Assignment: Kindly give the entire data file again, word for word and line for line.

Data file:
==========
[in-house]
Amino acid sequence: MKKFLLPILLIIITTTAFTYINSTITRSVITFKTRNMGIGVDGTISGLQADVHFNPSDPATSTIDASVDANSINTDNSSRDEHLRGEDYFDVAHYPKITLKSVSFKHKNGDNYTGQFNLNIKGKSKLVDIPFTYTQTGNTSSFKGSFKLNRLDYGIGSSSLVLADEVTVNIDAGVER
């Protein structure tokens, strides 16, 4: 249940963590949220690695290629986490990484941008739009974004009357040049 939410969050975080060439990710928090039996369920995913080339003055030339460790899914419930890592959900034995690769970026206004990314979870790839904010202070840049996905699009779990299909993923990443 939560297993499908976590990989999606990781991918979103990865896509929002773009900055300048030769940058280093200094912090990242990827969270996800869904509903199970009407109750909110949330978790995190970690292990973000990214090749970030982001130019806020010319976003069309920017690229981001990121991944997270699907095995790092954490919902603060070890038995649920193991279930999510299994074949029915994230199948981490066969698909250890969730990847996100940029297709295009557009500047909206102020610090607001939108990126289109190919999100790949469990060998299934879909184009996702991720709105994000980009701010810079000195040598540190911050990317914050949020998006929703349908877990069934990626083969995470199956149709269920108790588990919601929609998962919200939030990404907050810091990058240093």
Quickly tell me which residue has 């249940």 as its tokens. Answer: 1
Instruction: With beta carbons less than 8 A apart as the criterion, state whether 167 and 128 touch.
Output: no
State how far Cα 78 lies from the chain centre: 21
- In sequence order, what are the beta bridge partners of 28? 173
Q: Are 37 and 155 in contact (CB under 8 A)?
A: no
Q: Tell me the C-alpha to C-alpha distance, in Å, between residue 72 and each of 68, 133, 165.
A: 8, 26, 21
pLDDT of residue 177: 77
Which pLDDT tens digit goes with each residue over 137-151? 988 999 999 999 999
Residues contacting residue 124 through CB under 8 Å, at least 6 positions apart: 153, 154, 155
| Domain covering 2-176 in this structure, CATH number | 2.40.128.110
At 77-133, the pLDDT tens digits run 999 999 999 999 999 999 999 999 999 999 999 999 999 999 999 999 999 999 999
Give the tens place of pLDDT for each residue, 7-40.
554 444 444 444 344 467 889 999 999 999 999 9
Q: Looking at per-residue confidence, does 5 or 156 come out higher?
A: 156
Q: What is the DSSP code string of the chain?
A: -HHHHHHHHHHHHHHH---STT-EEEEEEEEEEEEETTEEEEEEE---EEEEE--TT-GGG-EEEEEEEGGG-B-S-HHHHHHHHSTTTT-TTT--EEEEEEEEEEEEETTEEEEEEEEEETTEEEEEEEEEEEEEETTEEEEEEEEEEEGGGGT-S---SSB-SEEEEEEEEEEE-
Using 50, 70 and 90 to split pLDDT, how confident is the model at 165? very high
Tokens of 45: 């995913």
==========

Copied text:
[in-house]
Amino acid sequence: MKKFLLPILLIIITTTAFTYINSTITRSVITFKTRNMGIGVDGTISGLQADVHFNPSDPATSTIDASVDANSINTDNSSRDEHLRGEDYFDVAHYPKITLKSVSFKHKNGDNYTGQFNLNIKGKSKLVDIPFTYTQTGNTSSFKGSFKLNRLDYGIGSSSLVLADEVTVNIDAGVER
């Protein structure tokens, strides 16, 4: 249940963590949220690695290629986490990484941008739009974004009357040049 939410969050975080060439990710928090039996369920995913080339003055030339460790899914419930890592959900034995690769970026206004990314979870790839904010202070840049996905699009779990299909993923990443 939560297993499908976590990989999606990781991918979103990865896509929002773009900055300048030769940058280093200094912090990242990827969270996800869904509903199970009407109750909110949330978790995190970690292990973000990214090749970030982001130019806020010319976003069309920017690229981001990121991944997270699907095995790092954490919902603060070890038995649920193991279930999510299994074949029915994230199948981490066969698909250890969730990847996100940029297709295009557009500047909206102020610090607001939108990126289109190919999100790949469990060998299934879909184009996702991720709105994000980009701010810079000195040598540190911050990317914050949020998006929703349908877990069934990626083969995470199956149709269920108790588990919601929609998962919200939030990404907050810091990058240093």
Quickly tell me which residue has 């249940």 as its tokens. Answer: 1
Instruction: With beta carbons less than 8 A apart as the criterion, state whether 167 and 128 touch.
Output: no
State how far Cα 78 lies from the chain centre: 21
- In sequence order, what are the beta bridge partners of 28? 173
Q: Are 37 and 155 in contact (CB under 8 A)?
A: no
Q: Tell me the C-alpha to C-alpha distance, in Å, between residue 72 and each of 68, 133, 165.
A: 8, 26, 21
pLDDT of residue 177: 77
Which pLDDT tens digit goes with each residue over 137-151? 988 999 999 999 999
Residues contacting residue 124 through CB under 8 Å, at least 6 positions apart: 153, 154, 155
| Domain covering 2-176 in this structure, CATH number | 2.40.128.110
At 77-133, the pLDDT tens digits run 999 999 999 999 999 999 999 999 999 999 999 999 999 999 999 999 999 999 999
Give the tens place of pLDDT for each residue, 7-40.
554 444 444 444 344 467 889 999 999 999 999 9
Q: Looking at per-residue confidence, does 5 or 156 come out higher?
A: 156
Q: What is the DSSP code string of the chain?
A: -HHHHHHHHHHHHHHH---STT-EEEEEEEEEEEEETTEEEEEEE---EEEEE--TT-GGG-EEEEEEEGGG-B-S-HHHHHHHHSTTTT-TTT--EEEEEEEEEEEEETTEEEEEEEEEETTEEEEEEEEEEEEEETTEEEEEEEEEEEGGGGT-S---SSB-SEEEEEEEEEEE-
Using 50, 70 and 90 to split pLDDT, how confident is the model at 165? very high
Tokens of 45: 């995913």